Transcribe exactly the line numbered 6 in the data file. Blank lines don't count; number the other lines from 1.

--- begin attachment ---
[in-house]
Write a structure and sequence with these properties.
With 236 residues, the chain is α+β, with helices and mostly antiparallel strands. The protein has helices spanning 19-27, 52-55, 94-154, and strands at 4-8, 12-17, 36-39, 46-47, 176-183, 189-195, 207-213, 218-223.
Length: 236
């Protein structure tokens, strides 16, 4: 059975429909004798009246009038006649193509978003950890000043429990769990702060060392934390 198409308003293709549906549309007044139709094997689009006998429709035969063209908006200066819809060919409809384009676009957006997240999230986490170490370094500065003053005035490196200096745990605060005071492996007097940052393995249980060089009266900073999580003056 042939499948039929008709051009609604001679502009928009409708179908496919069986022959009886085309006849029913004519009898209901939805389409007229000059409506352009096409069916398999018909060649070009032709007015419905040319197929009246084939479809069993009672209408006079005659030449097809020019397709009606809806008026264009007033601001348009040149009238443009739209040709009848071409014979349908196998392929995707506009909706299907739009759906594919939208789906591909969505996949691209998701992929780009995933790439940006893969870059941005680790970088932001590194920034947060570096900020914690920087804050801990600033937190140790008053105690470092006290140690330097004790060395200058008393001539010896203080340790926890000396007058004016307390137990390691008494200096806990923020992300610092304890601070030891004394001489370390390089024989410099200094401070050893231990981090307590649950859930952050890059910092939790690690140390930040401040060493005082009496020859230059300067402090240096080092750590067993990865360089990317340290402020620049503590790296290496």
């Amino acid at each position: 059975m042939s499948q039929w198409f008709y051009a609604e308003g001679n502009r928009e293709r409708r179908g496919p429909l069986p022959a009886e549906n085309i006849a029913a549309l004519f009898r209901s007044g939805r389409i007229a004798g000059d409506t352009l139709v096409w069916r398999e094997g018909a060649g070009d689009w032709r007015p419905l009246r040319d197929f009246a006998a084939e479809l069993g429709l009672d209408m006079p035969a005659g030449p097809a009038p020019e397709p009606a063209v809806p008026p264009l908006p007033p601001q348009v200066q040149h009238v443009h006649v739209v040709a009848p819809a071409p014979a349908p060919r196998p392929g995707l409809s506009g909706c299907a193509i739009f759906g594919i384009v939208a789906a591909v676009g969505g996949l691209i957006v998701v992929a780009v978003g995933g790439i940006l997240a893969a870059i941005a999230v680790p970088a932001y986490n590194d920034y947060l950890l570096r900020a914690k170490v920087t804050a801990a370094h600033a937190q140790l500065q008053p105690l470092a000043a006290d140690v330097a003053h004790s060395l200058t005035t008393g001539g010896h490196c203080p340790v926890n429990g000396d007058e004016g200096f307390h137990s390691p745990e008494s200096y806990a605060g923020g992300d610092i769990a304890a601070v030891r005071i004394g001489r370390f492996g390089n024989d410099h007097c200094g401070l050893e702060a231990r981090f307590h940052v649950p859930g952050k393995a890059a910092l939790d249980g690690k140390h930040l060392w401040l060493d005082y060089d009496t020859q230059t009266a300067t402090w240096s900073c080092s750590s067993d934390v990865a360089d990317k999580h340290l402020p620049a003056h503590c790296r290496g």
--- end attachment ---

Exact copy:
């Amino acid at each position: 059975m042939s499948q039929w198409f008709y051009a609604e308003g001679n502009r928009e293709r409708r179908g496919p429909l069986p022959a009886e549906n085309i006849a029913a549309l004519f009898r209901s007044g939805r389409i007229a004798g000059d409506t352009l139709v096409w069916r398999e094997g018909a060649g070009d689009w032709r007015p419905l009246r040319d197929f009246a006998a084939e479809l069993g429709l009672d209408m006079p035969a005659g030449p097809a009038p020019e397709p009606a063209v809806p008026p264009l908006p007033p601001q348009v200066q040149h009238v443009h006649v739209v040709a009848p819809a071409p014979a349908p060919r196998p392929g995707l409809s506009g909706c299907a193509i739009f759906g594919i384009v939208a789906a591909v676009g969505g996949l691209i957006v998701v992929a780009v978003g995933g790439i940006l997240a893969a870059i941005a999230v680790p970088a932001y986490n590194d920034y947060l950890l570096r900020a914690k170490v920087t804050a801990a370094h600033a937190q140790l500065q008053p105690l470092a000043a006290d140690v330097a003053h004790s060395l200058t005035t008393g001539g010896h490196c203080p340790v926890n429990g000396d007058e004016g200096f307390h137990s390691p745990e008494s200096y806990a605060g923020g992300d610092i769990a304890a601070v030891r005071i004394g001489r370390f492996g390089n024989d410099h007097c200094g401070l050893e702060a231990r981090f307590h940052v649950p859930g952050k393995a890059a910092l939790d249980g690690k140390h930040l060392w401040l060493d005082y060089d009496t020859q230059t009266a300067t402090w240096s900073c080092s750590s067993d934390v990865a360089d990317k999580h340290l402020p620049a003056h503590c790296r290496g």